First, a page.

17 Jan

Your Children or Teenagers feeling the stress, anxiety, strain of career development?

When I was at school I remember having those careers advise sessions. 

Choosing a path of learning, I was told, was an integral part of a student’s life and a decision of paramount importance. 

However, the pressure of building a career from a very young age is a little too much for young minds. I wanted to be a nurse, or a physiotherapist, or an astronaut. 

In the world we live in, the changing career landscape may have presented children with a whole new set of opportunities, but it also loads of distress. 

The process of choosing a career path is usually undertaken at quite a young age when, let's face it, many of us in our 40s are just finding the thing we really want to do. 

At this time in our lives students are not even fully aware of their loves, passions or interests. 

While for some the career choice is pre-decided by their parents, others often struggle to find the right career path, going through alot of pressure. 

I worked with a top surgeon last year who had Trichotillomania, also known as trich, this is when someone cannot resist the urge to pull out their hair.

They may pull out the hair on their head or in other places, such as their eyebrows or eyelashes.

His issue was connected with a strong dislike of blood, he'd climbed the ladder of success to please his parents and was deeply unhappy in his job.

He is now involved with brain mapping and doing some amazing research. A role a lot less bloody and is no longer pulling out his hair. 

The impact on us starts in childhood but very often follows us into adulthood. 

Unhappiness in career options can be a root cause of so many mental and physical challenges. Manifesting as pain, frustration, anger, dissolution, depression....the list is endless.

The whole exercise of career-building from a young age can adversely affect young minds in the following ways: 

Grades heavily influence the career stream, students are under pressure to score well. As a result, the focus is on getting good grades instead of acquiring knowledge. 

When students are not able to score well, they are overwhelmed with feelings of extreme sadness and hopelessness. 

Even if students are able to pursue their desired fields, if half way through they realise it’s not in sync with their interests and aptitude. They feel stuck, but due to the parental or societal pressure, they fail to speak about it which has a detrimental effect on their mind. 

Even if students are able to achieve their career dreams, the constant pressure that they face throughout their academic journey pushes them to the edge of depression and sometimes they are not able to enjoy the fruits of their successes. 

Often, informing students about the importance of career-building at a young age instils in them a fear of the future. Even if they may be performing well, feelings of self-doubt and insecurity can be there. 

The pressure to perform well throughout the academic journey to get a strong foundation for a great career can bring on anxiety in students and may lead to eating disorders, depression and in some cases even suicide.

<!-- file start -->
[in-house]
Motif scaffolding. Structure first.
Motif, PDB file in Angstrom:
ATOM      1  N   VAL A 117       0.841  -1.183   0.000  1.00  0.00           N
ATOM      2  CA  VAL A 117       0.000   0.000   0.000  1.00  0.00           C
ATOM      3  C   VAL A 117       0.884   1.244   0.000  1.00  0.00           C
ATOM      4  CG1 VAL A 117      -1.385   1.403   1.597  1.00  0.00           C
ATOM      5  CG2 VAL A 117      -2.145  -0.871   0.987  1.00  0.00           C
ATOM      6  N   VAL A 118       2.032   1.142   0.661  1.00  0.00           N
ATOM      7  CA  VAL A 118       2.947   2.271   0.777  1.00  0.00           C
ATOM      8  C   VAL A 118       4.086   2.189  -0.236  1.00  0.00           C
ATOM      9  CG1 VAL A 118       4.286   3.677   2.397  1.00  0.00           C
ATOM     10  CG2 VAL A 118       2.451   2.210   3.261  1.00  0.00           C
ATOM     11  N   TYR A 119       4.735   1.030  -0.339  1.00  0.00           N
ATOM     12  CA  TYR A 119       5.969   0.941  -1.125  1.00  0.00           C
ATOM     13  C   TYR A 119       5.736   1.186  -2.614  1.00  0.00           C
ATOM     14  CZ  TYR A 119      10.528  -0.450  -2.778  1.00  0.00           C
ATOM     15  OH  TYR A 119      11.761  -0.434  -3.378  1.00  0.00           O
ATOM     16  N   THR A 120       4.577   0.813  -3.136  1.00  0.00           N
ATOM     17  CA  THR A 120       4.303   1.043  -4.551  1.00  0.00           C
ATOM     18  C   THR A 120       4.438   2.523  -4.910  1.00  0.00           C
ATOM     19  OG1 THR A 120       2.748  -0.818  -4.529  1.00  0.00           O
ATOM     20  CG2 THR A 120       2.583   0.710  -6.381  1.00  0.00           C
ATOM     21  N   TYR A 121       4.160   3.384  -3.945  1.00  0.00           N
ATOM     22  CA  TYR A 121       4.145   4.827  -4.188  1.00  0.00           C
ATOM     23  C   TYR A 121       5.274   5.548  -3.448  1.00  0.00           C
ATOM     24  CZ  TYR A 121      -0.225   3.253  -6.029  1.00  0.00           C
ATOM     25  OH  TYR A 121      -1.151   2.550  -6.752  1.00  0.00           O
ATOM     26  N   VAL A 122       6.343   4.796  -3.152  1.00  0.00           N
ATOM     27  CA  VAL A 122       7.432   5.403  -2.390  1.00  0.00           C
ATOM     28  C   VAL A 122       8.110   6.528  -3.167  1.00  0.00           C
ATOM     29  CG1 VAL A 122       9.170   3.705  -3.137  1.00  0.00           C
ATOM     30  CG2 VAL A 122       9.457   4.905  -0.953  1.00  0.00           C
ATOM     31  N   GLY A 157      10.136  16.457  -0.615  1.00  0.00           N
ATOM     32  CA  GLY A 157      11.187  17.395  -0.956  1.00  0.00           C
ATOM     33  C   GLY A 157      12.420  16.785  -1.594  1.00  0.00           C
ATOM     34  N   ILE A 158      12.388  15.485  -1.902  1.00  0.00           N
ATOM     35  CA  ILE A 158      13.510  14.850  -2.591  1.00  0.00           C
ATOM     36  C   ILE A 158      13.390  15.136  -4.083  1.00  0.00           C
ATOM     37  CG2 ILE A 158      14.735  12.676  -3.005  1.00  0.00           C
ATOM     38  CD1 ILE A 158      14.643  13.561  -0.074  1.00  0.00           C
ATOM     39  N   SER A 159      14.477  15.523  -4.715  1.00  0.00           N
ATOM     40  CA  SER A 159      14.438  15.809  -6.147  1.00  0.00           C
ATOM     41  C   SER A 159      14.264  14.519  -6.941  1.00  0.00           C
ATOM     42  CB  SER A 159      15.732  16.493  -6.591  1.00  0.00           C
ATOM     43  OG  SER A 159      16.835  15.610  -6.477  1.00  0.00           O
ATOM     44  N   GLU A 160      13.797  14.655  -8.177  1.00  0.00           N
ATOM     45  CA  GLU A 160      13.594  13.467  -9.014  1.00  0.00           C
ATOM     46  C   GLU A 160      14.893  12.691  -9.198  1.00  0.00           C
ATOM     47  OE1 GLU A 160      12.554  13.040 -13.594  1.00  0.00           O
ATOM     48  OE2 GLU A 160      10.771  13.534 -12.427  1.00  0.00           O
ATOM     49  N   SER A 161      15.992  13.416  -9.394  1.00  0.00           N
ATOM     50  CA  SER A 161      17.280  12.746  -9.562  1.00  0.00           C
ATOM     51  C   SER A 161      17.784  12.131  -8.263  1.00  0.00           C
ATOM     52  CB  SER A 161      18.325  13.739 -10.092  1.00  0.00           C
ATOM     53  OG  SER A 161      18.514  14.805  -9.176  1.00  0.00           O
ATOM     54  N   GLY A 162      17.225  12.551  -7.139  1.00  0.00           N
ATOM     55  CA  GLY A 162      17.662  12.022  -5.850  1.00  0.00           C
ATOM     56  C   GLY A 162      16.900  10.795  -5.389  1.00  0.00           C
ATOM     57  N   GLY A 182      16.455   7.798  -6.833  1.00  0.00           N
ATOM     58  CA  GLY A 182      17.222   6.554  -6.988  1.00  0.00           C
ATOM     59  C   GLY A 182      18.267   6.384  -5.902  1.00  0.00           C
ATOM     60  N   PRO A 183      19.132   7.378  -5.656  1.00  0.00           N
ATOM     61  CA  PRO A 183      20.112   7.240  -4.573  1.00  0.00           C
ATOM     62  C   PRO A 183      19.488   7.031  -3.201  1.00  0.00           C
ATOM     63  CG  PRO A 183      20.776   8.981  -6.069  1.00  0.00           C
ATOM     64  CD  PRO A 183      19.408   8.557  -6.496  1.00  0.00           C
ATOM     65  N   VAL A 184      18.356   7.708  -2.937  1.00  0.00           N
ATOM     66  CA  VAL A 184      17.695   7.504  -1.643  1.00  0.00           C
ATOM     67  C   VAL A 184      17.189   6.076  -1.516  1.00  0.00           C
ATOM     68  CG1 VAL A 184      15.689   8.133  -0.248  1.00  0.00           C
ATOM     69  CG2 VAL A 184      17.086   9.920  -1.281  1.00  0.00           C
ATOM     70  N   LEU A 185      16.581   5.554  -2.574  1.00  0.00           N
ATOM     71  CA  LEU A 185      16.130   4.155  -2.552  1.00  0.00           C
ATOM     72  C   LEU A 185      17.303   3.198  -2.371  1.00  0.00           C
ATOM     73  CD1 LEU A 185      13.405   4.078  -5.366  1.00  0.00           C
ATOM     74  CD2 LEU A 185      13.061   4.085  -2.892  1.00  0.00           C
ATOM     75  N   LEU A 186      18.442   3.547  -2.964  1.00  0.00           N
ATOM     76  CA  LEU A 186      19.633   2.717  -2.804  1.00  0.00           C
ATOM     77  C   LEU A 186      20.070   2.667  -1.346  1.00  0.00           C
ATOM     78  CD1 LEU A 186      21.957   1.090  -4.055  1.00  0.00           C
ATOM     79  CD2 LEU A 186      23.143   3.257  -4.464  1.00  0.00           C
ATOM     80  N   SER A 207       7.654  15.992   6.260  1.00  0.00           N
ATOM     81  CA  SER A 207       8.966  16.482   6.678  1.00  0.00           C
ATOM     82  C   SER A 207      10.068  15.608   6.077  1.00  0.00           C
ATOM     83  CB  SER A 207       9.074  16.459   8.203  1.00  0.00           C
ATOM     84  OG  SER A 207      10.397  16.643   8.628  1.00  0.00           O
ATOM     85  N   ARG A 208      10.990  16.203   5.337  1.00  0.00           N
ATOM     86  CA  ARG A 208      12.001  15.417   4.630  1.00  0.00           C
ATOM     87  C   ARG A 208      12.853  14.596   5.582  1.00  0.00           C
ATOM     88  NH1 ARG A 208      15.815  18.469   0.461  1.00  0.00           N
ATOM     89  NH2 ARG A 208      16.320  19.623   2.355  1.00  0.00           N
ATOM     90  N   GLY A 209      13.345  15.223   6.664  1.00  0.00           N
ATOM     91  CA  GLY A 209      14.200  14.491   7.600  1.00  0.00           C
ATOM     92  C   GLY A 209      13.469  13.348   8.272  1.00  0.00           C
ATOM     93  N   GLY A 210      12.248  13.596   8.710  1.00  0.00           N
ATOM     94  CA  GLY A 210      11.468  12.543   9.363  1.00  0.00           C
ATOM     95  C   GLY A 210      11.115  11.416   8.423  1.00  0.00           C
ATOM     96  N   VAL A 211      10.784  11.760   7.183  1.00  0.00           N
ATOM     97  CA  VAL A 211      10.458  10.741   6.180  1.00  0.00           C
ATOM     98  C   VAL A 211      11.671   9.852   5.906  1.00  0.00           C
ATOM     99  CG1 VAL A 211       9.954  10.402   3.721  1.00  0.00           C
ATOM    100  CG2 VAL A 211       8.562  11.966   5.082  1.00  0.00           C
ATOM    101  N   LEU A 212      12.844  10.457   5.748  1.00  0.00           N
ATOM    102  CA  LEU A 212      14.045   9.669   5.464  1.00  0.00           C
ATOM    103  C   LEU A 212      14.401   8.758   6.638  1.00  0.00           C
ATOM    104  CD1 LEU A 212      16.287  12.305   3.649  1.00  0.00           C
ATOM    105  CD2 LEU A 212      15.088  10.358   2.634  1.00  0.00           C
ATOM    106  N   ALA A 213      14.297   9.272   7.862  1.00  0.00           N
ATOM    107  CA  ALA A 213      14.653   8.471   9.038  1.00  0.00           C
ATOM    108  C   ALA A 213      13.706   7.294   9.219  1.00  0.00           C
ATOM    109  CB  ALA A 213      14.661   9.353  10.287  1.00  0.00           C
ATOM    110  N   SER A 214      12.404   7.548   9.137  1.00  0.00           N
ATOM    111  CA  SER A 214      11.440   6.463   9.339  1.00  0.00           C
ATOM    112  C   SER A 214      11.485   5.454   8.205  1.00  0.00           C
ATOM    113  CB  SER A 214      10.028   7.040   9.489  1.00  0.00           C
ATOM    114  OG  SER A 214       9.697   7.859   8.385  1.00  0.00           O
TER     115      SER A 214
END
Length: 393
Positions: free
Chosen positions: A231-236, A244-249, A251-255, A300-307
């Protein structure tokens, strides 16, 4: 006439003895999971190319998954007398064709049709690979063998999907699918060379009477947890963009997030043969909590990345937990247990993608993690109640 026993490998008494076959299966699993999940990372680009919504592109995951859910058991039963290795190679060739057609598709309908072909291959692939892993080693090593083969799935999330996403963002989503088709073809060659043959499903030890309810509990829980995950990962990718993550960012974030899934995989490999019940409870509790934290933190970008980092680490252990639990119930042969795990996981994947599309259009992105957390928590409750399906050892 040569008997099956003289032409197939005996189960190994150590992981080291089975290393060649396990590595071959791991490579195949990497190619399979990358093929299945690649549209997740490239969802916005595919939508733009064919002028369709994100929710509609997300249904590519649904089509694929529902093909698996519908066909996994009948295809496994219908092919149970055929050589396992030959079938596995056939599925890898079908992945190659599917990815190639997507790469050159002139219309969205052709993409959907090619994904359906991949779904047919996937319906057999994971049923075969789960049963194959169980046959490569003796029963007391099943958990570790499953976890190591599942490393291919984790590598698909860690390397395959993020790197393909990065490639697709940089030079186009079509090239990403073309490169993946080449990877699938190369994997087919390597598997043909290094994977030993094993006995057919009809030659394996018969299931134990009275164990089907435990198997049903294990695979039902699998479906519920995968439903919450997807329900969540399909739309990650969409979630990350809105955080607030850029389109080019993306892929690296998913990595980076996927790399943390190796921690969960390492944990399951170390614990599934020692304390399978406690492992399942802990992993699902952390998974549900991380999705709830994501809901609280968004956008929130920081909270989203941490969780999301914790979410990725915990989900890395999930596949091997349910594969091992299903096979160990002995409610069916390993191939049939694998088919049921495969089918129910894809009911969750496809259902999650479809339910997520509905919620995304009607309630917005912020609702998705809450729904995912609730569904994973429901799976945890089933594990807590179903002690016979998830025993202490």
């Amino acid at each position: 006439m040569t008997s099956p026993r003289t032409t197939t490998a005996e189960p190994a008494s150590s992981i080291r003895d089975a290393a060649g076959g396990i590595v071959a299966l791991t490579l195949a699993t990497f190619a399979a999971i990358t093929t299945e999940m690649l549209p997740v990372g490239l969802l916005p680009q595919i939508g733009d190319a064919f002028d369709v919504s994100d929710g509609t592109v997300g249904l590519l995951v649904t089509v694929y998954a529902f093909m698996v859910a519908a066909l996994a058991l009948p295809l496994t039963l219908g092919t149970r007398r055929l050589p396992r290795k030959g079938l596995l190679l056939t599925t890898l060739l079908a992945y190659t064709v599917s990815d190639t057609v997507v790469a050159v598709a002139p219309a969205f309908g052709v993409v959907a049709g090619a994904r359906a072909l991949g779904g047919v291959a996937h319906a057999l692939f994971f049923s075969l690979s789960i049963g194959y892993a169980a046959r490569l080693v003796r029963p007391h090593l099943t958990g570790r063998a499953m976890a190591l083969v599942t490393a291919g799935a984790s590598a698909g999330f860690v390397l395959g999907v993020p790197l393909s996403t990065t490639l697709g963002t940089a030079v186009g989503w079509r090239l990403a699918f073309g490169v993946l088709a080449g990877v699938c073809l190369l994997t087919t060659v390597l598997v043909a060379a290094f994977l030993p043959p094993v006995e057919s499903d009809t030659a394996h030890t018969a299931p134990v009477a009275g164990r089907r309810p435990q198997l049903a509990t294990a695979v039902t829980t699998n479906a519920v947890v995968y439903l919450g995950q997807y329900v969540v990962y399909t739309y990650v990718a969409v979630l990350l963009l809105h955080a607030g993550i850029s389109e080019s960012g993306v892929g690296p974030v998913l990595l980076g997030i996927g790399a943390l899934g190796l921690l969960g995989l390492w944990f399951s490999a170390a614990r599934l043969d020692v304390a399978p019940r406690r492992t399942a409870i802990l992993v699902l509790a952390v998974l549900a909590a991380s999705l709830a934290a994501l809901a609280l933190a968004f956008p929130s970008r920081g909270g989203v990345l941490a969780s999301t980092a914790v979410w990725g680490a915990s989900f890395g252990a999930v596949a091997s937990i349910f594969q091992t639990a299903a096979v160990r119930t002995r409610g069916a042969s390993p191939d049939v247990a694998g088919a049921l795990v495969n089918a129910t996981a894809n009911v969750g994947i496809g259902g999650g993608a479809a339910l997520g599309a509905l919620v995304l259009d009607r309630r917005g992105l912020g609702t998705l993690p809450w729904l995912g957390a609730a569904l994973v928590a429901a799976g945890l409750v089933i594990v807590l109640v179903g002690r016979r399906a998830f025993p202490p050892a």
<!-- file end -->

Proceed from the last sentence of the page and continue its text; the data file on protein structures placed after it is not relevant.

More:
Add to that a pandemic.... waaaaaaaaaaa we've got a heap of youngsters having a tough time. 

How can we help?

Let's create conditions that inspire young minds to grow and flourish. Let's guide them and enable them to build their confidence, resilience and grit. 

We need to normalise ‘not knowing’. We have no idea where life will take us. Its crucial we take the pressure off, that immense pressure children put on themselves to know everything at every step. 

It’s okay to not know what they want to do for the rest of their lives. Finding a suitable career path takes quite a bit of introspection, let's allow them to be on an adventure, to be just curious about where life could take them. 

Children benefit from encouraged to follow their dreams. This is where parents can step in. Supporting a child to believe in their abilities with empathy and openness to their child’s perspective. Easier to say than do.... I get it... 

Children often feel powerless when bombarded with career choices. The heaviness of having to make a decision at such a young age may shape the course of the rest of their lives and can lead to anxiety. 

If your child is feeling the impact or is struggling with lots if stress and anxiety it is hugely helpful to seek professional help. 

Instead of pushing them towards a career path, let's let children explore various fields, to feel the fun of the adventure of life, excited and curious.

If they feel confused, there are some great career assessment tests can help gauge their interests, skills, values and personality to help them find out more about themselves. 

Students can use the test results to further formulate and clarify their career goals and direction if they're ready.

Life is full of complex challenges and hurdles. 

From an early stage, if the focus was on building effective social and emotional competencies and capabilities this would give our children tools, techniques, knowledge the ability to overcome complex challenges and hurdles that life may throw at them. 

To conclude, as teachers, academicians, parents and mentors, we should provide the best support to young minds. 

The focus from an early stage should not be on career building but rather on developing essential life skills that will enable young minds to learn to adapt and deal with the demands and challenges of life effectively. 

If you're a parent with concerns or a child that needs some help with mental health and wellbeing do get in touch. 


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